So, that's why I really wanted to make a big effort to secure Michael Giacchino to develop original music for us, because he's also the guy that developed the music for the series as well. He also does it for a lot of the Pixar movies--he just did Ratatouille.
GS UK: Do you think there's now going to be a trend for TV shows to become games like movies do--for example, we've had Alias and 24: The Game and now Lost?
GP: I think there is a trend because I think that now Hollywood's realizing the impact and the market-share that video games have. But it's up to us as developers to decide which ones, what kind of games we want to make out of them, and how much of an effort we want to make. So, yes, I think it's coming up, because I think TV shows are leaning more towards the younger audience. TV shows are becoming more like games. You know, I could never understand why they never made a game out of The Bourne Identity. Only now they're making a game. To me, that doesn't make logical sense because that's a movie that has really great elements for a game.
But, yeah, I definitely think it's a trend, and I think that Hollywood's realizing that every movie needs to have a game, and every TV show needs to have a game now, because we demand it, too, huh? Look at the success of Spider-Man.
That's the beauty about video games. It's a medium that you could pick up anything. Let's say today I want to be a fighter pilot. I'll go pick up Ace Combat 4. And tomorrow I want to be a survivor on a desert island and play Lost. It's that escape that I really love.
GS UK: Can you tell me a bit about the consultation that you had with the writers of the show? How much input did they actually have?
GP: They had input 100 percent. They would direct us on the story aspects, and then we would tell them [if] for a technical reason, we couldn't do something. They were really the true, true owners of the story. If we didn't have them, I would tell you that we would not be able to achieve this type of product.
So, what we did was it was like this. We would write the story, and then have a conference call to discuss it, because I don't like to send e-mails [saying], "Here's a story. Give me your feedback." We always would discuss it over conference calls. And then it was always ending up three- or four-hour conference calls. But these are important.
And then we discussed the script. And then we would send iterations back and forth. So, yes, it was a big back and forth. That's why it took three months. That's a long time to do a story.
GS UK: So, how many people did you have working on the storyline do you think?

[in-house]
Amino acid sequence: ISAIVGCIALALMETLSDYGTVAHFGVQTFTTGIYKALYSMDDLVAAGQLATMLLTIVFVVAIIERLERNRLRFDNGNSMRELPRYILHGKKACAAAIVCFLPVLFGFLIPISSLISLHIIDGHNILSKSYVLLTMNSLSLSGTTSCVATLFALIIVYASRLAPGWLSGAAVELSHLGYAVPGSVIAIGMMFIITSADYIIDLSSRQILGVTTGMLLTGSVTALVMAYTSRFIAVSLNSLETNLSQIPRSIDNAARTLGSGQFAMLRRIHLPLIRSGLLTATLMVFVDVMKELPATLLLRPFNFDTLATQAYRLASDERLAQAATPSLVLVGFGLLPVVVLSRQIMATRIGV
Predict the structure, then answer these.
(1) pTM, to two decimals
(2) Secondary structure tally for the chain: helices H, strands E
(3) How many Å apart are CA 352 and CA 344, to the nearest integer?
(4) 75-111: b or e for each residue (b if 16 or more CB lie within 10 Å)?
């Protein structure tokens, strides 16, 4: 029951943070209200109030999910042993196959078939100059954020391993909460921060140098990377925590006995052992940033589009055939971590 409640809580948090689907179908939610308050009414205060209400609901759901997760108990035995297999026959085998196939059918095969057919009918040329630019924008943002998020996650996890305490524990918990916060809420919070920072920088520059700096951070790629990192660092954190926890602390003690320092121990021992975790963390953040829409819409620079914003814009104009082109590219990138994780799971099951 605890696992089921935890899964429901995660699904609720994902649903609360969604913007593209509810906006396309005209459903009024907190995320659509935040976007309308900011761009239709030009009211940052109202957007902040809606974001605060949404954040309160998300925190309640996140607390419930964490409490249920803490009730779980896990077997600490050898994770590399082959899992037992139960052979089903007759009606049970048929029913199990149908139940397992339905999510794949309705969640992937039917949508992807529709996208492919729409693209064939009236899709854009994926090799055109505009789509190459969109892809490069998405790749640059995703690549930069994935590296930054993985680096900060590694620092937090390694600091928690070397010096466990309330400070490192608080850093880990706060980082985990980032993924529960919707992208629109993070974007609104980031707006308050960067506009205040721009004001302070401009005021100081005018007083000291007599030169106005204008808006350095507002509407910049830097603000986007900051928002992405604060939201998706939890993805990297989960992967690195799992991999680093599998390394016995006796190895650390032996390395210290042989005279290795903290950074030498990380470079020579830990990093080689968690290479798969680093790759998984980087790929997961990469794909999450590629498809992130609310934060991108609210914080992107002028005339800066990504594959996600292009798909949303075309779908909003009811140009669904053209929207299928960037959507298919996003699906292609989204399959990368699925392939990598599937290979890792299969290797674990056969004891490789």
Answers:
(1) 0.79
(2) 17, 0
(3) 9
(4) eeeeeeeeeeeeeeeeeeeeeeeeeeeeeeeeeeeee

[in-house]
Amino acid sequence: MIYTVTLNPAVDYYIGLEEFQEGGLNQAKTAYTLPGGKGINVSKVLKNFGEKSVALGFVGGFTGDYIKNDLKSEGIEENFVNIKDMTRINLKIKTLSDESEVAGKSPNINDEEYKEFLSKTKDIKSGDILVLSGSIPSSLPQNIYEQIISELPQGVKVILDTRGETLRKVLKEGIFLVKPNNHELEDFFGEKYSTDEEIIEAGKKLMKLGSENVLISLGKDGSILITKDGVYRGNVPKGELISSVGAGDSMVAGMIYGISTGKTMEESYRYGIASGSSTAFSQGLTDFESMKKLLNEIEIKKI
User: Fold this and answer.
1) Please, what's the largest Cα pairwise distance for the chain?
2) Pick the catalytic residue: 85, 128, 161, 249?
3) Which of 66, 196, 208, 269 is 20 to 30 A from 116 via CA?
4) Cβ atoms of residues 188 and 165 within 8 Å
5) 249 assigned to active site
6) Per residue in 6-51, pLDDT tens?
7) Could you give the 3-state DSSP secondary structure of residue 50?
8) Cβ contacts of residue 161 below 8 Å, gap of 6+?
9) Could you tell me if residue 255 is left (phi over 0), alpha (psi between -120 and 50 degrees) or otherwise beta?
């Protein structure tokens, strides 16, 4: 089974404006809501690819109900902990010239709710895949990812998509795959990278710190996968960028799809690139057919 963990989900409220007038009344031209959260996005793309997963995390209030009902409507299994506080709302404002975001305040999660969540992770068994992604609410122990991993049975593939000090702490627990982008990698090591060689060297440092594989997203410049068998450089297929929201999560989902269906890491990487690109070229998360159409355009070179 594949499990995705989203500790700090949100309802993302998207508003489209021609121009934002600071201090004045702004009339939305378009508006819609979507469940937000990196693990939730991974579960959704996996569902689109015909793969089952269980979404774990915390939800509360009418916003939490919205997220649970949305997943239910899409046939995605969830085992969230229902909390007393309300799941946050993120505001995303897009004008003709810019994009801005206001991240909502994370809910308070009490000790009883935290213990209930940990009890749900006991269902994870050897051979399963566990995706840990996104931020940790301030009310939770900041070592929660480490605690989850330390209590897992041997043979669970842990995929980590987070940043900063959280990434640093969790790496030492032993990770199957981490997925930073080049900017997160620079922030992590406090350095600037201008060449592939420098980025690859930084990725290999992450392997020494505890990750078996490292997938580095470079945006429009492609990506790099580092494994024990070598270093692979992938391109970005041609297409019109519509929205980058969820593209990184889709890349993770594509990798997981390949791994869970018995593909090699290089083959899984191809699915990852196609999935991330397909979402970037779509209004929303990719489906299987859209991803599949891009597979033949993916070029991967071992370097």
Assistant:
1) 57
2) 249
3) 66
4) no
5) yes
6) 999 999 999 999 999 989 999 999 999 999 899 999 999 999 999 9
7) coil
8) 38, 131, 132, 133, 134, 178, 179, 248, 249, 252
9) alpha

GP: We have three scriptwriters, two guys from ABC. I'd say about six or seven people. But not just the storyline, but when you deal with the storyline, you have to also look at how it affects the mechanics of the game. In this story, they'd write [something] but can we actually execute [that] in the game? And there was a quite a lot of things that they don't know how to make games--some of these licensors don't know much about games.
GS UK: You say the storyline was the most important element of the game?
GP: This is, for me, a story-driven game, 100 percent. Lost is a story-driven show. So, this game needed to be a story-driven game for sure.
GS UK: Is the game going to be essential to play by Lost fans to unravel the mystery?
GP: No. But if they want to explore what's behind the magnetic wall in the Swan interior? Yes. But the idea was not to create a side product to understand what the numbers are to--not to get answers on mythology, because that would really upset the fans, and also we wanted people who are not fans of the show to be able to play this game.
GS UK: You told me earlier that Myst has influenced the series. Can you tell me any more about that?
GP: That was something that JJ Abrams said to me, yeah. He just said Myst was somewhat of an influence on the show. I assume he meant with the mystery elements, with the sort of puzzle-solving, things like that. He's also a fan of Beyond Good & Evil, and Prince of Persia.
GS UK: What was it like working with JJ Abrams?
GP: In a word, "Wow." I'll give you a little anecdote. When we came to meet them, he was 20 minutes late. And he said, "I'm sorry. I just got back into town. I was working on a project." He's a very fun guy. And him--and all the writers--are so bright and creative. He was throwing out so many ideas. His mind was going, going, all the time. You know some of these guys that you meet like they're so, so active, and they're like--they're just bubbling with energy that their mind was just whirring all the time, and so he had to stop for two minutes, pause, get his thoughts together, and then give me his idea.
Also I've never met a guy that uses the word f*** every second. Every time you would say something, like, "How about you f****** do this, like you f****** like that, like--eh?" That’s his favourite word. It’s crazy. And when you read the actual--so we got the scripts for season three--so when you read the scripts, it’s the dialogue. And then underneath it, it’s the set-up for the--what I would say, on top is the set-up for the dialogues, to set up the scenery, he’d say, "And the f****** tree f****** blows up, and f****** explodes, and f****** kills all these people." Man, it’s crazy. It’s crazy.
GS UK: Do you know what the ratings will be?
GP: In United States, it's [T for Teen]. And in Europe, it's 16.
GS UK: Any plans for any other formats?
GP: I'm trying to get it on Mac. We'll see how it goes. It would be nice.
GS UK: Tell me something you haven't told anyone else about the game.
GP: You'll explore the Black Rock. I don't think I've told anyone that. And I could tell you the ending, but that would spoil it for everyone. So I'll just say, I love the ending. You'll have to play the game to see the ending.
GS UK: Thanks for your time!